Taken together, the sparse activation of the amygdala, fusiform gyri, basal ganglia, and prefrontal lobe regions in schizophrenia, compared with controls, points to disruption across “an integrated social cognitive network.”65 However, a note of caution is that ALE meta-analysis does not take account of the heterogeneity in studies incorporated in the analyses. Though the majority of studies reported that healthy controls activated the amygdala more than patients, there were still a few studies that reported that patients with schizophrenia recruited the right amygdala more than controls.20,21
In the present study, where possible, we carried out some secondary meta-analyses. Only 2 studies examined patients in the early phase of illness,13,39 so we repeated a meta-analysis after excluding the 2 studies. The results were almost the same as the previous full contrast of healthy controls > patients with schizophrenia. It was not possible to fully fractionate the influence of cognitive demands on emotion processes, but this is a very important concern.66 However, we did subanalyze the results obtained from explicit and implicit emotional tasks. In both the implicit and explicit tasks meta-analyses, patients with schizophrenia had lower activation in the bilateral parahippocampal/amygdala than controls. The fusiform gyrus was activated less in patients than controls in explicit and not implicit tasks. Thus, activation of the amygdala during both task conditions confirms a central role for the amygdala in emotion processing in controls, and a relative failure to activate the amygdala in either task condition is underlined in the patient groups. In contrast, in an explicit task, participants have to actively scrutinize faces, and inefficient facial processing in schizophrenia51 might be explained by a failure to recruit the fusiform gyri, a specialized region for facial processing.48,50
In the present study, the brain regions underrecruited during face emotion perception in patients with schizophrenia, including amygdala, hippocampus, fusiform gyrus, superior frontal gyrus, and lentiform nucleus, work within a spatially and temporally defined circuitry to facilitate social functioning.45–47,49,53,54 This indicates that disruption at systems level, rather than discrete loci, may best explain the pattern of activation anomaly in schizophrenia. Several studies have considered functional connectivity in patients with schizophrenia during facial emotional perception. In a fear perception task, researchers found functional disconnection in autonomic and central systems in patients with paranoid schizophrenia.18 In the same fear detection task, others found that patients with schizophrenia had disconnections in a visual-amygdala-prefrontal system,67 and it has been suggested that basic visual-temporal dysfunction in schizophrenia may explain maladaptive appraisal of threat by people with schizophrenia.68 Taken together, a possible lack of coordination in the orienting mechanisms, perceptual processing and prefrontal regulation of fear stimuli,67 indicates that patients’ impairments could well be due to misconnectivity across brain regions.39 Structural abnormalities in a neural circuit extending from limbic cortex through striatum, then thalamus, and finally reaching the prefrontal and cingulate cortex69–71 are consistent with this concept of a network-wide interruption of social functioning in schizophrenia.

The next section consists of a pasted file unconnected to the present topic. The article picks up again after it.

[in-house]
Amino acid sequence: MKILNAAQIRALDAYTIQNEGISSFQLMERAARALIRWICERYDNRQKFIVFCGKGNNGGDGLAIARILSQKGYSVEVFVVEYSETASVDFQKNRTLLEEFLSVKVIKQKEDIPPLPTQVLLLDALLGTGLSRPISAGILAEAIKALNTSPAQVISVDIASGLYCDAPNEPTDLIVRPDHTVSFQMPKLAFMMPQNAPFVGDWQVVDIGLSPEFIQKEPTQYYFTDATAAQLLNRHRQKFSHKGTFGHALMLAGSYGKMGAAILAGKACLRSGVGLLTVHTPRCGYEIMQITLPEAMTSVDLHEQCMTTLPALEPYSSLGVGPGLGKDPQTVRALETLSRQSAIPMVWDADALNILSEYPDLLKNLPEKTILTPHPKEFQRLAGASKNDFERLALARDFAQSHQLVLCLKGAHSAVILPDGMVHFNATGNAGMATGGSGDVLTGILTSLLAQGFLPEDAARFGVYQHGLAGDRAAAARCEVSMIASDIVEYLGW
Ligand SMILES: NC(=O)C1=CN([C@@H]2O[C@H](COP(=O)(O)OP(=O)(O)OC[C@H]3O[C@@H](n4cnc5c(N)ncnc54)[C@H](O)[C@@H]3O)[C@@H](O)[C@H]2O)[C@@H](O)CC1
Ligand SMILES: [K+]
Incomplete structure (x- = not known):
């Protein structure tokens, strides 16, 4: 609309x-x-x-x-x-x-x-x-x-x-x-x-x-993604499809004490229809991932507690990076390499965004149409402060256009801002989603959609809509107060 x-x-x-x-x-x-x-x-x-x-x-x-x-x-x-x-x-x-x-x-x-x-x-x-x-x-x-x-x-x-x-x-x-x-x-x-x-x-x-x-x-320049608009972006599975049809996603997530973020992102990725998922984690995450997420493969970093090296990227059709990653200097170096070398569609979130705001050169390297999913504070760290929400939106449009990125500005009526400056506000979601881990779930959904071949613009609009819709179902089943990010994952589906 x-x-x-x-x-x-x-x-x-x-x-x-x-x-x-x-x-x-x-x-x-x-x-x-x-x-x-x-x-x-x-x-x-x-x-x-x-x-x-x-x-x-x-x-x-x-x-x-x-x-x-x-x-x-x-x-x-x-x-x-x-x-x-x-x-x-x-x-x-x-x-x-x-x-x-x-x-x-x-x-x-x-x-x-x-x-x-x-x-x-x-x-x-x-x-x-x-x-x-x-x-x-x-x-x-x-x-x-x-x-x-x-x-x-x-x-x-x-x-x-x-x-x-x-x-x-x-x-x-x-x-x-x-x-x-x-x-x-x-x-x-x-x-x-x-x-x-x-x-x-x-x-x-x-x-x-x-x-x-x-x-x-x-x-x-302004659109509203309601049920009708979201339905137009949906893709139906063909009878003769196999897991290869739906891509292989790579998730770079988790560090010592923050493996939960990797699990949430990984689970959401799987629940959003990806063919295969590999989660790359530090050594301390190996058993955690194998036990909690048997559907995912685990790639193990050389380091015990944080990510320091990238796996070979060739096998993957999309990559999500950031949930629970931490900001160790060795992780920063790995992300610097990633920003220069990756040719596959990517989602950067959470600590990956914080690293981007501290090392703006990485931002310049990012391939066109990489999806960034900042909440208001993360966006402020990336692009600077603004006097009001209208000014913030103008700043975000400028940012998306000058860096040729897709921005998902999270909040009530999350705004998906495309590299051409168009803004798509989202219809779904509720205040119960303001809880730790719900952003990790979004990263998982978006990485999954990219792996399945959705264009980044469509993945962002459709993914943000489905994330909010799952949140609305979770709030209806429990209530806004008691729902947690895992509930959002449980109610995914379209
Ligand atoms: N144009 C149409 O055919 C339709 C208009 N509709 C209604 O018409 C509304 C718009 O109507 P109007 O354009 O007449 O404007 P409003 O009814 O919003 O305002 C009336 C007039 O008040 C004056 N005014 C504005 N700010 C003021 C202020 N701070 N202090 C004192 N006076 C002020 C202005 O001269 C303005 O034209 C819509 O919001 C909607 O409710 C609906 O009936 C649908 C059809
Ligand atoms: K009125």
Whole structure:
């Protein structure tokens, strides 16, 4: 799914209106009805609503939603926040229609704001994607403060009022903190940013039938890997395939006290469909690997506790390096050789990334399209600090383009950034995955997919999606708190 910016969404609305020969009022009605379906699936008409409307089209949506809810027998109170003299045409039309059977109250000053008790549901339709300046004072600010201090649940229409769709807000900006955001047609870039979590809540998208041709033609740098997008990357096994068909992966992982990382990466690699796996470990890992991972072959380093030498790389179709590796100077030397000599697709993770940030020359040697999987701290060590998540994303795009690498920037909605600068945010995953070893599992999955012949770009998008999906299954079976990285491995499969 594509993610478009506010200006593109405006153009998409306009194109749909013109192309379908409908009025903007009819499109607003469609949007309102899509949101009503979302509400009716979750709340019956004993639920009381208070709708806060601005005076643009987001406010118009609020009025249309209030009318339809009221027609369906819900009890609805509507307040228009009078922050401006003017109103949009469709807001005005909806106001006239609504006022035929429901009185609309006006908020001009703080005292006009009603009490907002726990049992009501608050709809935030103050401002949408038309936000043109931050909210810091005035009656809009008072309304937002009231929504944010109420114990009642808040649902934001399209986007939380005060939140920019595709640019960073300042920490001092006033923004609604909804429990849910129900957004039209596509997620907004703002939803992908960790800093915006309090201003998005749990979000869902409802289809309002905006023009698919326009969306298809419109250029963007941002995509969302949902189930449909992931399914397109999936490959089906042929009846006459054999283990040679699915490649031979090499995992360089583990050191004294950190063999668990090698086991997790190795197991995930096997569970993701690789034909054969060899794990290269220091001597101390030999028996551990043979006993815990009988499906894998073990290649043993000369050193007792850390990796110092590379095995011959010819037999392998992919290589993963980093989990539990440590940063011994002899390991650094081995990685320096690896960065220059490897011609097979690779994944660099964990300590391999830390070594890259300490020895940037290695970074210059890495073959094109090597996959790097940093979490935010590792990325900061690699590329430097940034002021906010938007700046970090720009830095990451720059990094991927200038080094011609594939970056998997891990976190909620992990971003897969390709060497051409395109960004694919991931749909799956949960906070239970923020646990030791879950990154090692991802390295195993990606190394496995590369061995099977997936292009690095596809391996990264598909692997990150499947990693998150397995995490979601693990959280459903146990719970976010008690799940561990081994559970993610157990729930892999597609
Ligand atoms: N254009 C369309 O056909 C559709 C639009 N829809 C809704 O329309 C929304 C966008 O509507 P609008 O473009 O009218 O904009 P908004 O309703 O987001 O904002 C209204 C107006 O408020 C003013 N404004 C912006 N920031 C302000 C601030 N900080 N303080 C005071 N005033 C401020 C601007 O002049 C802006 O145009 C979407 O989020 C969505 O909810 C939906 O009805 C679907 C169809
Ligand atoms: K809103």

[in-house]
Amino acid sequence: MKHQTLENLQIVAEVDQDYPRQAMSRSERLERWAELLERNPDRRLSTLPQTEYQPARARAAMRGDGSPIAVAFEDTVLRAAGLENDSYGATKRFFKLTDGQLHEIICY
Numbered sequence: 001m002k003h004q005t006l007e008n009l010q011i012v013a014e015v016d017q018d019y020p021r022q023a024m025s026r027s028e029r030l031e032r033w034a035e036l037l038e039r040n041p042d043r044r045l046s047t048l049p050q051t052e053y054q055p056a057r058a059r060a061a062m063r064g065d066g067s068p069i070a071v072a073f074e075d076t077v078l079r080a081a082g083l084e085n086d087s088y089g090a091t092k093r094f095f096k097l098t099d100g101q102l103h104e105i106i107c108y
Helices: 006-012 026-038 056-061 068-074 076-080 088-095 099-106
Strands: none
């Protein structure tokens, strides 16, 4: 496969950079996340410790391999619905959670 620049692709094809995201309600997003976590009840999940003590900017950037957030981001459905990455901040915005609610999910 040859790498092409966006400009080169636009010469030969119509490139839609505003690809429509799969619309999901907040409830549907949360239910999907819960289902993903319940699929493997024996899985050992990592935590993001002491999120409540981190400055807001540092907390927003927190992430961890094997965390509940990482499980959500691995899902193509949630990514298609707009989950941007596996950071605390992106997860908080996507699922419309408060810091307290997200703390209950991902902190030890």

There are several limitations to the current study. First is the heterogeneity of the studies included. Factors that could potentially influence the results vary across the different samples, such as the behavioral performance, demographic information (gender differences, age), and clinical factors, including the duration of illness, medication dosage, and the clinical symptoms. At the present, it is not possible to directly evaluate the influence of all these factors on the results. Second, the present method did not allow for weighting of the results based on the level of statistical significance reported in each study. This means that we cannot determine the relative strengths of activation differences. Third, although the quantitative meta-analytic method used here represents a significant advance for integrating functional neuroimaging data, the method remains subject to the basic limitation of literature reviews, in particular the “file drawer” problem. That is, studies with negative findings are less likely to be published and therefore cannot influence the meta-analysis. Last, due to the stringent inclusion criteria of our study, the number of articles included was not large, especially the number that included comparisons of patients with schizophrenia and healthy controls.
The ALE meta-analysis reported here confirmed significant abnormalities in the processing of facial expressions of emotion in schizophrenia. Patients with schizophrenia tend to recruit some of the same brain regions as healthy controls when looking at facial emotion, but the extent is markedly limited. Such a fundamental difficulty in social behavior in schizophrenia deserves to be examined in much greater detail, with a view to optimizing strategies for better performance in this most everyday human behavior.
Research Initiation Fund of the 100-Scholar Programme (O7CX031003); Institute of Psychology, Chinese Academy of Sciences (Research Fund KSCX2-YW-R-131); National Science Foundation of China (30770723); National Basic Research Programme (973 Programme No. 2007CB512302, 2007CB512305).
No conflicts of interest to declare.